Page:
Protests in France Continue

The French government, led by Macron, has put forth a reform that would change the retirement age from 62 to 64. This change has caused mass riots and protests all over France. The protests are so massive they have halted traffic and caused police intervention. Around 400,000 angry citizens flooded the streets of Paris this past Thursday, and the protestors have arranged another march on April 13th. In Paris, police were pelted by projectiles when the protest reached La Rotonde, a restaurant patronized by Macron during the 2017 presidential election that he went on to win. Some parts of the awning of the chic venue were set on fire before officers extinguished the flames. Police detained at least 20 people in Paris. 

The protests have become so violent and out of control that people are now starting to stay away from them. The Interior Ministry on Thursday deployed some 11,500 police officers nationwide, including 4,200 in Paris, to try to prevent more of the clashes and moments of vandalism that have marred previous protests. In France, a country that prides itself on being a pioneer in human rights, the right to protest is fundamental — and experts say violent factions from other parts of Europe travel to Paris to incite instability and unrest.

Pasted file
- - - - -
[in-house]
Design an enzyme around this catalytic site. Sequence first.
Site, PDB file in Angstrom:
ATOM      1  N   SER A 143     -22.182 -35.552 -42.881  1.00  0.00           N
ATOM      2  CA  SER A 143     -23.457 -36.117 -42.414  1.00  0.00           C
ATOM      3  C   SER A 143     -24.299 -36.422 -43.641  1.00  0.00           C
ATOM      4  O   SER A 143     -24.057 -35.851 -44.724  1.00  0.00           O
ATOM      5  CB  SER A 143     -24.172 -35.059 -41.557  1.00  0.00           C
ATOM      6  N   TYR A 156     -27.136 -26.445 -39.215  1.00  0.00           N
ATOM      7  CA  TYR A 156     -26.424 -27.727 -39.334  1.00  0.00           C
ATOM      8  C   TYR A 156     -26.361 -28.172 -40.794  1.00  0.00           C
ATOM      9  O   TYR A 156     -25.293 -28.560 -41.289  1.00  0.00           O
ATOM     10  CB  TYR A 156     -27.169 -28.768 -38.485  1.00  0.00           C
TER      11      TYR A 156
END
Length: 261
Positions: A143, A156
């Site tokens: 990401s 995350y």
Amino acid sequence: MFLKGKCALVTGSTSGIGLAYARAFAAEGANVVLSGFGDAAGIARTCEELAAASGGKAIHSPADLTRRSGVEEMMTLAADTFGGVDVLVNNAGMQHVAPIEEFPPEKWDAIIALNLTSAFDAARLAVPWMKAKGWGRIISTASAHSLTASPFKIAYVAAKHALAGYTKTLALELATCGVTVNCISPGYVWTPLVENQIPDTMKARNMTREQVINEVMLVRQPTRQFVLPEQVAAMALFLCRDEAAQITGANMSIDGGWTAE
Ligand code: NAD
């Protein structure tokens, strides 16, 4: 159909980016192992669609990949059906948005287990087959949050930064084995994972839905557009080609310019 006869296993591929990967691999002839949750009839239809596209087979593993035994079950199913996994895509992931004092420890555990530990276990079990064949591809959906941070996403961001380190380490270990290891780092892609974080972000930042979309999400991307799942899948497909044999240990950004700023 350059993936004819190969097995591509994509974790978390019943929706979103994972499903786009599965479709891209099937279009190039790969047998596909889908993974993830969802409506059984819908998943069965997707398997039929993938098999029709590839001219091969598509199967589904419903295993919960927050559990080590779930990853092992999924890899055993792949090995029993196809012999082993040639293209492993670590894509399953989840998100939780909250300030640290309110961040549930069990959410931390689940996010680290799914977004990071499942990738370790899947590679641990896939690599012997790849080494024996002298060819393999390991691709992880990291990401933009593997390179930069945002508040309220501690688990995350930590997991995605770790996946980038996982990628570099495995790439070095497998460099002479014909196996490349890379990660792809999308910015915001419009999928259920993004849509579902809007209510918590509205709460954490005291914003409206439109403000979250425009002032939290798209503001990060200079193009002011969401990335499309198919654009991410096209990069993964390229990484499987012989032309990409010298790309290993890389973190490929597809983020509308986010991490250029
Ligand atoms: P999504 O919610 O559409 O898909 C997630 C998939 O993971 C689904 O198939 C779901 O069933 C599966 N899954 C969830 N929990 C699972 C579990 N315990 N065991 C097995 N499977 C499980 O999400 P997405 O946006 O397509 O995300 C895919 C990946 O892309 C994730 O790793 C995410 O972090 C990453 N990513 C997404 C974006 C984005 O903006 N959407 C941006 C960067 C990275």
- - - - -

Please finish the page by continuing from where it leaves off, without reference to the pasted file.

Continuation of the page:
Ten previous rounds of nationwide strikes and protests since January have failed to get Macron to change course, and there was no sign from his government that Thursday’s 11th round of upheaval would make a change either. These protests have closed the Eiffel Tower and other tourist attractions.  The citizens of France are angry, and they are not budging on this protest. With each side standing firm, it will be interesting to see how this plays out.  


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